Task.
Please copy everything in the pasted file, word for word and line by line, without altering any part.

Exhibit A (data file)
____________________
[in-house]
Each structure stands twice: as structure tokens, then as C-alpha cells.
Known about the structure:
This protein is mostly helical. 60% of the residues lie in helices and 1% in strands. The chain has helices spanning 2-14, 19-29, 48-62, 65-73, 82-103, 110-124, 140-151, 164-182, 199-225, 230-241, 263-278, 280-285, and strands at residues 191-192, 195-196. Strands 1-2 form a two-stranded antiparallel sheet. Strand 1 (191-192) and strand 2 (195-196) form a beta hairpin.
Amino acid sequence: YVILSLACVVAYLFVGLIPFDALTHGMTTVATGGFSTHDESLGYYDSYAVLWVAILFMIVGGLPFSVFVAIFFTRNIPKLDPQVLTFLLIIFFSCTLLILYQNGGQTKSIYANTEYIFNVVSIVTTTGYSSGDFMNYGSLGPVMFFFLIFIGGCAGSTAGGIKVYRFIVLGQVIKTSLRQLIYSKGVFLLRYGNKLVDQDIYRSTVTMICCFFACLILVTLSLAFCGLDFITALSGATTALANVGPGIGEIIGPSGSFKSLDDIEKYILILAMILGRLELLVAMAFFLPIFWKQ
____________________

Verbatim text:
[in-house]
Each structure stands twice: as structure tokens, then as C-alpha cells.
Known about the structure:
This protein is mostly helical. 60% of the residues lie in helices and 1% in strands. The chain has helices spanning 2-14, 19-29, 48-62, 65-73, 82-103, 110-124, 140-151, 164-182, 199-225, 230-241, 263-278, 280-285, and strands at residues 191-192, 195-196. Strands 1-2 form a two-stranded antiparallel sheet. Strand 1 (191-192) and strand 2 (195-196) form a beta hairpin.
Amino acid sequence: YVILSLACVVAYLFVGLIPFDALTHGMTTVATGGFSTHDESLGYYDSYAVLWVAILFMIVGGLPFSVFVAIFFTRNIPKLDPQVLTFLLIIFFSCTLLILYQNGGQTKSIYANTEYIFNVVSIVTTTGYSSGDFMNYGSLGPVMFFFLIFIGGCAGSTAGGIKVYRFIVLGQVIKTSLRQLIYSKGVFLLRYGNKLVDQDIYRSTVTMICCFFACLILVTLSLAFCGLDFITALSGATTALANVGPGIGEIIGPSGSFKSLDDIEKYILILAMILGRLELLVAMAFFLPIFWKQ